Why are people so hell bent on defending CICO

(Doug) #89

That makes no sense. And neither does pretending about CICO or the reality of weight loss. Obviously, lots of people can’t or don’t want to maintain what is essentially just ‘calorie restriction’ - but in the case of ketogenic eating, with improved access to stored fat via lowered insulin, and often greater satiety, the frequent resulting weight loss is because of the physics - because the body’s energy balance is such that it’s drawing on those fat stores. CICO doesn’t care what the exact deal is - it’s just reflecting it.

Again, “calories in, calories out” does not pronounce good/bad about what’s going on, or what’s desired; it only notes what is.

“The language” - well, again, it’s true for everybody that if the In is lower than the Out, weight loss will result. So it’s not CICO that is on trial - and I hear you about Australia and the medical community there - it’s pretending that one approach will necessarily fit all that is the problem.

For lots of us, me included, the type of calories does matter. Let’s say that cutting out almost all carbs results in the body drawing on fat stores, and in weight loss. So the 'Out" is greater than the “In” and we’re all happy, right? CICO is just as well satisfied there as it would be if a carb-heavy diet and food restriction or increased exercise resultes in metabolic slowdown and weight gain.

Maybe, maybe not. But if the ‘In’ is less than the 'Out," with CICO, then weight loss will result.

That does not say that everybody can stay with that (especially depending on diet), nor that it’s only ‘bad people’ who aren’t able to, etc.

We know that in practice “eat less, move more,” does not work for everybody, if weight loss is desired. But in no way is that the fault of CICO. CICO will be reflecting what is going on, nothing more.

Pretending that the saying/theory will work for everybody is faulty.

To make it a completely true prescription, then it ought to be “eat less - enough less, and move more - enough more.” This is because if there’s an energy surplus, and the body is storing it as fat, then whatever surplus there is has to be dealt with until things ‘go negative’ and weigh loss results, and merely eating a given amount less and/or moving (some) more may not achieve it.

(Butter Withaspoon) #90

Calorie balance as a primary focus doesn’t work as advice for physicians helping people to get healthy and lose weight. I’m interested in changing the advice to save lives. Of course I understand that you can’t break physics.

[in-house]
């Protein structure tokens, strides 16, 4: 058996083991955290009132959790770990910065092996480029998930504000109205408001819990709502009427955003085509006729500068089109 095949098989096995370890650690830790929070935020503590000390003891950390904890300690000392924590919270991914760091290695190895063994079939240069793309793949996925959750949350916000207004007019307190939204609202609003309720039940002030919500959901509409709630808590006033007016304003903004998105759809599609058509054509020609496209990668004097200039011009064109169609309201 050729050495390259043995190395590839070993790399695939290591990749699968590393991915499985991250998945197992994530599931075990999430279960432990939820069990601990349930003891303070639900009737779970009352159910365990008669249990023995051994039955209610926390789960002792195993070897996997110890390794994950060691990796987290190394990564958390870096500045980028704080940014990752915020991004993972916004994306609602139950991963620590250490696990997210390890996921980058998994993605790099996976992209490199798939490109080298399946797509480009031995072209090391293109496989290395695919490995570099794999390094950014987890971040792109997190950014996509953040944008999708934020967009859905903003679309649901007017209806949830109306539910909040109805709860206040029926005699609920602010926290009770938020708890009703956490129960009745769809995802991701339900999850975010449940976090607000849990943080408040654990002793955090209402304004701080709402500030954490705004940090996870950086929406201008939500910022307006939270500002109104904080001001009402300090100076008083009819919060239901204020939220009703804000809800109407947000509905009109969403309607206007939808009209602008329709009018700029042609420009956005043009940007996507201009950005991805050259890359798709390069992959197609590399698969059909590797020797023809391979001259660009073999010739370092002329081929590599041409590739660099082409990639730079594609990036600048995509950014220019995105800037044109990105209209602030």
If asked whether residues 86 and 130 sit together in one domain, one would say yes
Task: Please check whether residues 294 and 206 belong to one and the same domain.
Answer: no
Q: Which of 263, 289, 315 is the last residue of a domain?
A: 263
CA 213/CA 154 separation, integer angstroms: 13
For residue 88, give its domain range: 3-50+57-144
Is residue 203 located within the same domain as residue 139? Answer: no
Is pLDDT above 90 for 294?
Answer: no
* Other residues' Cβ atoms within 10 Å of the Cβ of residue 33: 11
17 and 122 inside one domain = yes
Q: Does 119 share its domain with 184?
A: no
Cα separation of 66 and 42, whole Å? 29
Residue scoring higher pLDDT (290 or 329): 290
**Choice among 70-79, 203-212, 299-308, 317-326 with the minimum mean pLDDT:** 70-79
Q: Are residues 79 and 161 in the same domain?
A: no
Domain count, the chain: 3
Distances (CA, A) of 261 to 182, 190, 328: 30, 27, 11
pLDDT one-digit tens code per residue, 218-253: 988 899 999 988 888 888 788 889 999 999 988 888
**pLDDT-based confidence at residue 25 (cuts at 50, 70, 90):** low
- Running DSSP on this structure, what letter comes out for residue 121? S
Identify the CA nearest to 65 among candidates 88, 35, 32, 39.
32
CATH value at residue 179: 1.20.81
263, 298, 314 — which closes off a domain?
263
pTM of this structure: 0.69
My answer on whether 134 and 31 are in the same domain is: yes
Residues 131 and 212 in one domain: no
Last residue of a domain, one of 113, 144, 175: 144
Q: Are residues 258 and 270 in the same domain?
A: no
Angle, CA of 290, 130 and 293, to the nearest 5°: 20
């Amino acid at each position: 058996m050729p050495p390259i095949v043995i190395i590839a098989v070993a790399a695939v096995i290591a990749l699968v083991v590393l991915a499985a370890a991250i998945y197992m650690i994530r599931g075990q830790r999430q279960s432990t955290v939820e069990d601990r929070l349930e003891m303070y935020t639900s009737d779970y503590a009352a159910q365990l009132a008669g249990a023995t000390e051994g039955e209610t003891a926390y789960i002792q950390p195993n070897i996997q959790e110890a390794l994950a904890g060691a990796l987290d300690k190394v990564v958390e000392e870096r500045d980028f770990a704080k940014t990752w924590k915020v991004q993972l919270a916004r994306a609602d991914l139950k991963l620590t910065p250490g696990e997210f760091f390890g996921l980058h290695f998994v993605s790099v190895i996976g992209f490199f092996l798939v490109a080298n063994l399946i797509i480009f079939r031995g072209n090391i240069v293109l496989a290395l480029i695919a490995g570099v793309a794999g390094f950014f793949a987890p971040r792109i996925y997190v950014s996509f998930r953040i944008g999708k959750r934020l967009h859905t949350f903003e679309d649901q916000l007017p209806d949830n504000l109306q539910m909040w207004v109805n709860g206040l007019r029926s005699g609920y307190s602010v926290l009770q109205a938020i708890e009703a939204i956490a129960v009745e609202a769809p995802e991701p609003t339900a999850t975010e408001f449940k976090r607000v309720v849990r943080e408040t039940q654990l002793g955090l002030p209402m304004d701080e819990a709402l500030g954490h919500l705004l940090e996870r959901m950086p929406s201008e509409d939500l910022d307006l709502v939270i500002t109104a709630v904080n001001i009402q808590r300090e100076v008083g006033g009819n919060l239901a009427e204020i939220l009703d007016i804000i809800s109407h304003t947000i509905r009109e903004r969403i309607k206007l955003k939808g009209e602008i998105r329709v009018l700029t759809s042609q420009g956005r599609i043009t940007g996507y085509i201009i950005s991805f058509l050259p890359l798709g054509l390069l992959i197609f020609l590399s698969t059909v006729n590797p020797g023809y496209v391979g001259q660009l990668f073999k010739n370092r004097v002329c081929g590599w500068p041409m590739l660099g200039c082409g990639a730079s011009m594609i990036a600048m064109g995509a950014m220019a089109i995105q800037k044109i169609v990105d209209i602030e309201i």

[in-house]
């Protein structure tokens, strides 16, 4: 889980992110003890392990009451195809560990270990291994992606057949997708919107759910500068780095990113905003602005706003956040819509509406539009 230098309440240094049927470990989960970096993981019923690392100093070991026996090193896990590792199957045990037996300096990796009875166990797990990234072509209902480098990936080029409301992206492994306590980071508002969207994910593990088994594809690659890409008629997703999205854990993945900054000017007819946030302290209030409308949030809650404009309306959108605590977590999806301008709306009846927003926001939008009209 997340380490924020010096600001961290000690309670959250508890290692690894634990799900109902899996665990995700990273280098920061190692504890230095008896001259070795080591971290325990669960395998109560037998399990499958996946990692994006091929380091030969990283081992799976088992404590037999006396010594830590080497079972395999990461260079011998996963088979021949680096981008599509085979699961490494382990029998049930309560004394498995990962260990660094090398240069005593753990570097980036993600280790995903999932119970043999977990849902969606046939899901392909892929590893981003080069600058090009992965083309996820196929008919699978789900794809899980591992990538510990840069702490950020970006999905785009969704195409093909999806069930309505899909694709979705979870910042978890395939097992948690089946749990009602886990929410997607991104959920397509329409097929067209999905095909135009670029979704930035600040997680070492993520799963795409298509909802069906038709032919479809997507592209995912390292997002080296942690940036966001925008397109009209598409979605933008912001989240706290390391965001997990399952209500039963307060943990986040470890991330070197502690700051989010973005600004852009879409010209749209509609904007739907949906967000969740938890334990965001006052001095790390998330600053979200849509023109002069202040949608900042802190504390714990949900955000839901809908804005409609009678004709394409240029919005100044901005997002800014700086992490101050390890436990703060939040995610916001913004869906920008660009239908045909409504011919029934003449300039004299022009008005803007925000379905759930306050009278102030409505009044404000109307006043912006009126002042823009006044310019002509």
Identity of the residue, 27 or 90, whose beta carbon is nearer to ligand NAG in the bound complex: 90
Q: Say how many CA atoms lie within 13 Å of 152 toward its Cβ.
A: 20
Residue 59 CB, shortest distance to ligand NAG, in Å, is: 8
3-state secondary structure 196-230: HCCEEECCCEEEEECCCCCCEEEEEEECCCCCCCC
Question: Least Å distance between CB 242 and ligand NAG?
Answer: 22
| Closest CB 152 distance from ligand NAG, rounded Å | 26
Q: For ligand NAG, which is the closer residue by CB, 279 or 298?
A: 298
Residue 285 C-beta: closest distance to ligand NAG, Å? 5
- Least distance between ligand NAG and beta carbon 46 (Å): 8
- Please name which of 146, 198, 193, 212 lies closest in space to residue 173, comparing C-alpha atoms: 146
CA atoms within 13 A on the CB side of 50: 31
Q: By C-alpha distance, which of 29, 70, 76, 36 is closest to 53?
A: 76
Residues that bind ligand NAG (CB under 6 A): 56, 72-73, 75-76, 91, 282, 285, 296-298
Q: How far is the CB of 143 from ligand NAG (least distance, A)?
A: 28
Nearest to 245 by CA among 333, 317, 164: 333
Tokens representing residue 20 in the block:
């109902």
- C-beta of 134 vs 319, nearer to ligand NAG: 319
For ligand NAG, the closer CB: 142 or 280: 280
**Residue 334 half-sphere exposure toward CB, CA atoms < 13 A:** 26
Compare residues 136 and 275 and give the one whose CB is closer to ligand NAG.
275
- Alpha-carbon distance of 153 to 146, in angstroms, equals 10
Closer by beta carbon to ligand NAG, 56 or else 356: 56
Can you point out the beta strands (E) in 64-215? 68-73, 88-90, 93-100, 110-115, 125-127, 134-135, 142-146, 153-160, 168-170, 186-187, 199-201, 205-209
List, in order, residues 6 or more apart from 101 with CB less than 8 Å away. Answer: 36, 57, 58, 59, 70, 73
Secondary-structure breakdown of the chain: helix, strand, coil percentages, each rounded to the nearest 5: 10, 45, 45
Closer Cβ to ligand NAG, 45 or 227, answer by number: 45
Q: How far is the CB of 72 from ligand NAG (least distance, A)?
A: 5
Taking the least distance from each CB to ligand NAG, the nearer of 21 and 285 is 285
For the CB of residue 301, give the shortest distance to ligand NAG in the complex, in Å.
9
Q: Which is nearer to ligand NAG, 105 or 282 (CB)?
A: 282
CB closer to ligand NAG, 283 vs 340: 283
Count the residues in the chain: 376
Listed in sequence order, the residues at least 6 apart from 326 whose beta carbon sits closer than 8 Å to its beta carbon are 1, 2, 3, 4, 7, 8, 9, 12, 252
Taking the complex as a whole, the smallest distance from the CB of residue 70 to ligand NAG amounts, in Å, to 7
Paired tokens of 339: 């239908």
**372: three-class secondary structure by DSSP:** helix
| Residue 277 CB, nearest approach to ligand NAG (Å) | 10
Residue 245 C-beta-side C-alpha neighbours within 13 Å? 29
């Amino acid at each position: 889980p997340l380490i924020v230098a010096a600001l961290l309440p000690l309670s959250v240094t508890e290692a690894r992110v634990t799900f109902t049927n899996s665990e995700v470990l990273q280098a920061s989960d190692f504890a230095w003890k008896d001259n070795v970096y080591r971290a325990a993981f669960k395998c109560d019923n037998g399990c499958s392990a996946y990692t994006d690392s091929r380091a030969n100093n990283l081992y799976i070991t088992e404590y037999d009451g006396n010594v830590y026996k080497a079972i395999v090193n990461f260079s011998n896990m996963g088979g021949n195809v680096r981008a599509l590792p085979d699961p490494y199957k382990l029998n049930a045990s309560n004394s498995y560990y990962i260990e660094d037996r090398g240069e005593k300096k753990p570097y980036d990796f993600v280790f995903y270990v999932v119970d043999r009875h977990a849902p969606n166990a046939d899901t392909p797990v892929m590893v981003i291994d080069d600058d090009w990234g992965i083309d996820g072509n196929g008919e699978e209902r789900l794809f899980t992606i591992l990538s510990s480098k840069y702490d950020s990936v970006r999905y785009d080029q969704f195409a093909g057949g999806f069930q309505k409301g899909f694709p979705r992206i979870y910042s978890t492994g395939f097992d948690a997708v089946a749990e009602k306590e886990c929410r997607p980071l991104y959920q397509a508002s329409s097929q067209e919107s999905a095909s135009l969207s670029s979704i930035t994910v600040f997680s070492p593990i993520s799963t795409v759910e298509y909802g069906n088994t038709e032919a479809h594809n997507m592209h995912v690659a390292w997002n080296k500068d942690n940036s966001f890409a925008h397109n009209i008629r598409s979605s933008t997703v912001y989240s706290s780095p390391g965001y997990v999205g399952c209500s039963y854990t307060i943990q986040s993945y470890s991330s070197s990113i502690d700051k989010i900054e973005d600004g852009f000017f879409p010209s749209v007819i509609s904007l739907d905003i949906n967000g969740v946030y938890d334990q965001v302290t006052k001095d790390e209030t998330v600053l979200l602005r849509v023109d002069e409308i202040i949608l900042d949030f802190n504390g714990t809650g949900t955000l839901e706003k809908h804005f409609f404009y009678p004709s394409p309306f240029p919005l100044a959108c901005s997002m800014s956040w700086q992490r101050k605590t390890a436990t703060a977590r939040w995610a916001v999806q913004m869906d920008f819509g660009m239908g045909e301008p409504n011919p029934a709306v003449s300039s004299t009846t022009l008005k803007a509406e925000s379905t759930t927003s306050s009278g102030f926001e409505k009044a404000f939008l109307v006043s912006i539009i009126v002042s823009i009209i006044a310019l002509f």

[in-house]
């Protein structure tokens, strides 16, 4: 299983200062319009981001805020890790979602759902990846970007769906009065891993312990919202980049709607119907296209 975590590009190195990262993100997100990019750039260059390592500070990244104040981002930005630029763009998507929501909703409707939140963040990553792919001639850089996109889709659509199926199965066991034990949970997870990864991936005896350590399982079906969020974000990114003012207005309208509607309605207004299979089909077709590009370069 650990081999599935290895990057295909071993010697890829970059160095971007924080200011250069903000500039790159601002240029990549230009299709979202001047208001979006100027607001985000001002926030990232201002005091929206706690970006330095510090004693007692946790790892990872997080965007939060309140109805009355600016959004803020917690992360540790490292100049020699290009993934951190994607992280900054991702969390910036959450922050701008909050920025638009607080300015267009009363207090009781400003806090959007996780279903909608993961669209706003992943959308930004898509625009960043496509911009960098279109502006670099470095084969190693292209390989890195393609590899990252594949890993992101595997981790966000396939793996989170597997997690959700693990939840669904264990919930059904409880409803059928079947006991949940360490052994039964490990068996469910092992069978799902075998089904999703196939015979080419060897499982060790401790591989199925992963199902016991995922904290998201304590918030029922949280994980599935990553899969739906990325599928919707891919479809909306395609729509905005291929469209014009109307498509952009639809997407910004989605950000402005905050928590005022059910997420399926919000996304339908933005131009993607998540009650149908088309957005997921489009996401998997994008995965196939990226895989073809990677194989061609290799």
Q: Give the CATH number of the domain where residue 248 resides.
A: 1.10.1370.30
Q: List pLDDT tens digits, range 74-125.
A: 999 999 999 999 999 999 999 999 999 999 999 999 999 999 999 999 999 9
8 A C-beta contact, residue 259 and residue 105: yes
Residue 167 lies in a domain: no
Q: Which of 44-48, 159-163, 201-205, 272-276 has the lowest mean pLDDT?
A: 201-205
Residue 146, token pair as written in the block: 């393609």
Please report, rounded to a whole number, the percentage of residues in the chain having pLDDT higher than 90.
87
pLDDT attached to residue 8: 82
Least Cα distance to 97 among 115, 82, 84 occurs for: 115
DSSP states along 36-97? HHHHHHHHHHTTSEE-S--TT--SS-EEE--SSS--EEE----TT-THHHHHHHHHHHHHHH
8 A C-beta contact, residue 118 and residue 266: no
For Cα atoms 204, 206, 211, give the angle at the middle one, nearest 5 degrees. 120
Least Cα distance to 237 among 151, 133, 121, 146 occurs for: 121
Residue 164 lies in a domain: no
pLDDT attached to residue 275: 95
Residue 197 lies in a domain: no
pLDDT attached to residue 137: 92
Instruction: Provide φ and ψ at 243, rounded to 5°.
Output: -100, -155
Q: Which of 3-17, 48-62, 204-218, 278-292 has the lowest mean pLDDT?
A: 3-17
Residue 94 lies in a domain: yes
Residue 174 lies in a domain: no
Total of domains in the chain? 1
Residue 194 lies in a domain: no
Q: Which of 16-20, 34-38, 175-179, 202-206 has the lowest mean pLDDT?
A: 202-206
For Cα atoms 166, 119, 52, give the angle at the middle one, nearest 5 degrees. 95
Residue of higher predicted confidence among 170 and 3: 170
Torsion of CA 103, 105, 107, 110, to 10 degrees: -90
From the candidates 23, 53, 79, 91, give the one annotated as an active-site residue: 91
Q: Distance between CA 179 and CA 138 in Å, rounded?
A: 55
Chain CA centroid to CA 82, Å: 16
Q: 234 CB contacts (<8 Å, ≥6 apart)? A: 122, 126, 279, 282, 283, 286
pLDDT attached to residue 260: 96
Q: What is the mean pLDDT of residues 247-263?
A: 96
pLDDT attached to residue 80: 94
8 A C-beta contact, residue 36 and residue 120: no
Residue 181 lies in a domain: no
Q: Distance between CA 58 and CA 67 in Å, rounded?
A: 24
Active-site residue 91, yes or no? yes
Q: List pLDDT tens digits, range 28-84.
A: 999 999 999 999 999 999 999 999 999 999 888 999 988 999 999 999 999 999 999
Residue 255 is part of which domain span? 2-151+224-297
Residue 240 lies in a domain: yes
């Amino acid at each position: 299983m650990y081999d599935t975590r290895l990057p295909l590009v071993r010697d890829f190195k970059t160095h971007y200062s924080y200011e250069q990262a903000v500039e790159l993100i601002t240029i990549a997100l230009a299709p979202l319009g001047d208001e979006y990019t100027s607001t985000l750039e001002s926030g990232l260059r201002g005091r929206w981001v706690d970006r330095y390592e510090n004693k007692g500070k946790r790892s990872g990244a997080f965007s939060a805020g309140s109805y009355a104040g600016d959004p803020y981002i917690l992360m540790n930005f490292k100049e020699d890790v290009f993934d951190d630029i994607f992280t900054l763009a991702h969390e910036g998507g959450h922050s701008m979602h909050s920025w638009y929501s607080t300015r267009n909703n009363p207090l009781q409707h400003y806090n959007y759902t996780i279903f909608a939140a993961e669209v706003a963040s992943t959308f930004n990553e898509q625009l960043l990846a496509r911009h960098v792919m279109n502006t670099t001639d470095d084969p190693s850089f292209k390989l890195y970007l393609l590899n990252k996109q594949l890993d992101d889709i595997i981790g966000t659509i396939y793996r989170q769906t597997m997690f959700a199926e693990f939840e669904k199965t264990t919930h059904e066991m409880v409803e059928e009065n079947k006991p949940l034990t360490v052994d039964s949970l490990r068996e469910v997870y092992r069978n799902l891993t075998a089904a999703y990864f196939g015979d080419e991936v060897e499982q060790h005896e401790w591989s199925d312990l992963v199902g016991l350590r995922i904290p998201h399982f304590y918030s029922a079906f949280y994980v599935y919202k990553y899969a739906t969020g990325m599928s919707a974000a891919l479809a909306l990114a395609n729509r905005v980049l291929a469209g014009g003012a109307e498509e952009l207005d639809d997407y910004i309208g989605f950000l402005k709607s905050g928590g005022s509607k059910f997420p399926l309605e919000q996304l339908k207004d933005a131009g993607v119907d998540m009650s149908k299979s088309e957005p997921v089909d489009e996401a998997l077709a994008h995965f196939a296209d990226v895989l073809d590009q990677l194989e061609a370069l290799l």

At 2 years the vast majority of reduce-calories- and-increase-exercise dieters are fatter than before they started, and it’s well over 90%. I don’t mind if you’re in the 5% of people for whom CICO as the primary framework works fine for, it’s the others that I’m concerned about. I’m out to improve advice and health, not to prove I’m a clever critical scientific thinker on the internet…

Well not today anyway :rofl::joy::rofl:

(Doug) #91

Well good grief, Michael, think about it. :slightly_smiling_face:

We are in agreement that, for example, a carb heavy diet and calorie restriction may result in metabolic slowdown. The ‘Out’ there, as in ‘calories out,’ changes. CICO will be reflecting the differing effects of metabolic slowdown (or no slowdown). The different effects you mention will be part and parcel of CICO. There’s no logical “blame” of CICO here.

“Calories in, calories out” - it doesn’t care what type of calories they are. It can be any type or source of calories.

CICO doesn’t say what the calories are, nor what they have to be or cannot be. It just says, “here’s what we’ve got…”

That’s a pretense. “Calories in, calories out.” It’s not telling folks anything except what’s going on with the energy balance. Beyond that - if we leave CICO behind, and look at “eat less, move more,” then obviously if one does that enough, one will indeed lose weight.

It’s obviously also pretending to state that every person - complicated, emotional beings that we are - will have weight loss success, there. But it’s not because the dictum or notion is faulty, it’s just that people can’t stay with it.

Actually, comparatively few people who want to lose weight are dying of starvation. And for most people on earth, the energy balance isn’t such that they’re getting fatter, especially to any really harmful degree.

But of course we can say that "lots of people are." Well, this is because the ‘In’ is bigger than the ‘Out.’ If ketogenic eating is the solution, then great, and CICO will reflect that.

(Doug) #92

I wouldn’t say that people need to count calories at all, but it looks like the group of people you are talking about - those with insulin resistance, metabolic syndrome, etc. - often benefit from configuring things such that they get increased access to their own fat stores, maintain higher metabolisms (and of course lower insulin and blood sugar), etc. And CICO certainly has no problem with that.